Lehigh University
The Vault at PfaffsAn Archive of Art and Literature by the Bohemians of Antebellum New York
Previous Issue [Next Issue]
Previous Page Next Page
0 matches
13.  Tuesday.   Breakfast en quar-
tette, then in doors, scribbling, I doing
up diary.  Thus till 1  , then lunch.
Then out to see mock alarm and all
the soldiers put through the motions of
repelling an enemy, troopers dashing
down the road, aids galloping to and
fro, infantry marching, lying on
their bellies, and deployed as skir-
mishers.     Thus for an hour, then
Hills & Shaw retired and Howell
and I meandered a little.     Return-
ed by Provost Marshal s Office
and met O Gorman.   Back to our house 
and dinner.        Then diarizing until
now.     O Gorman (with a great O)
had promised to come round in the evening 
with 6 bottles of whiskey and other luxu-
ries, but we sat till 8 without his 
appearing, when after general denun-
ciation of him, Shaw went into the
adjoining house occupied by the Provost
Marshall, and returned with a 
Title:Thomas Butler Gunn Diaries, Volume Twenty-Two: page twenty-six
Description:Mentions a mock alarm performed by the troops in Baton Rouge to prepare for an attack.
Subject:Civil War; Gunn, Thomas Butler; Hills, A.C.; Howell; Military; O'Gorman, Lieutenant; Shaw, Charles P.
Coverage (City/State):[Baton Rouge, Louisiana]
Scan Date:2011-01-03


Title:Thomas Butler Gunn Diaries, Volume Twenty-Two
Description:Includes Gunn's descriptions of his experiences as a war correspondent for ''The New York Tribune'' at New Orleans, Louisiana, and Baton Rouge, Louisiana, as well as his preparations in New York for going back to England.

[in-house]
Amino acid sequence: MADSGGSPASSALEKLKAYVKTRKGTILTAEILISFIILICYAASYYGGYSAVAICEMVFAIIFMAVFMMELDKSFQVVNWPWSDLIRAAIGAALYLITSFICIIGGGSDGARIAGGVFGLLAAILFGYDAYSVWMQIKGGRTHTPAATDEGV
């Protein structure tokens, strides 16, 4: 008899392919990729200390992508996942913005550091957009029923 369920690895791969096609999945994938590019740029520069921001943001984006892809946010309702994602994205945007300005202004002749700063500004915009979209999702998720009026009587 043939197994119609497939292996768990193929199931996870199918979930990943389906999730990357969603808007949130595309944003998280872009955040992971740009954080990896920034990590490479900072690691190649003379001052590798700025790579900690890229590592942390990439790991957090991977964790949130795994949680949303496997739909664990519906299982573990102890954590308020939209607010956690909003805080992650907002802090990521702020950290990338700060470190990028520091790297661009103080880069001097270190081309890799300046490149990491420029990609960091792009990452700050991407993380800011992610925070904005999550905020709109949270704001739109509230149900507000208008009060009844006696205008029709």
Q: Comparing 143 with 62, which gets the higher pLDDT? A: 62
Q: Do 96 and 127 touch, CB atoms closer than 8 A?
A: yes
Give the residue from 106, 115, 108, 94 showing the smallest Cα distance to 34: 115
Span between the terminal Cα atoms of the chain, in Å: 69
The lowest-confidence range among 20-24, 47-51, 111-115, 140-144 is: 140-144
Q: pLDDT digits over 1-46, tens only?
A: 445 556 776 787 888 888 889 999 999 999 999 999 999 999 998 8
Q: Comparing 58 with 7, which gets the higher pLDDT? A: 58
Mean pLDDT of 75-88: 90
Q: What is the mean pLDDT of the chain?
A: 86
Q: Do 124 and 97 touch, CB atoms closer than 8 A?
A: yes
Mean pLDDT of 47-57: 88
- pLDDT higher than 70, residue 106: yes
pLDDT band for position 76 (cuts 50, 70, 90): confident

Subject:Boardinghouses; Civil War; Gunn, Thomas Butler; Journalism; Military; Travel; Women
Coverage (City/State):New York, New York; New Orleans, Louisiana; Baton Rouge, Louisiana
Note:Thomas Butler Gunn was born February 15, 1826, in Banbury, England, and came to New York in 1849. During the Civil War he worked as a correspondent for the New York Tribune and the New York Evening Post. He returned to England in 1863, and died in Birmingham in April 1903. The collection includes twenty-one volumes of his diaries, including newspaper clippings, letters, photographs, sketches, and various other items inserted by Gunn. Diary entries date from July 7, 1849, to April 7, 1863, and include his experiences with the New York publishing and literary world, his descriptions of boarding houses, his travels throughout the United States, and his experiences traveling with the Federal army as a Civil War correspondent.
Publisher:Missouri History Museum
Rights:Copyright 2011 Missouri History Museum.
Source:Page images, transcriptions, and metadata of the Thomas Butler Gunn diaries have been provided by the Missouri History Museum.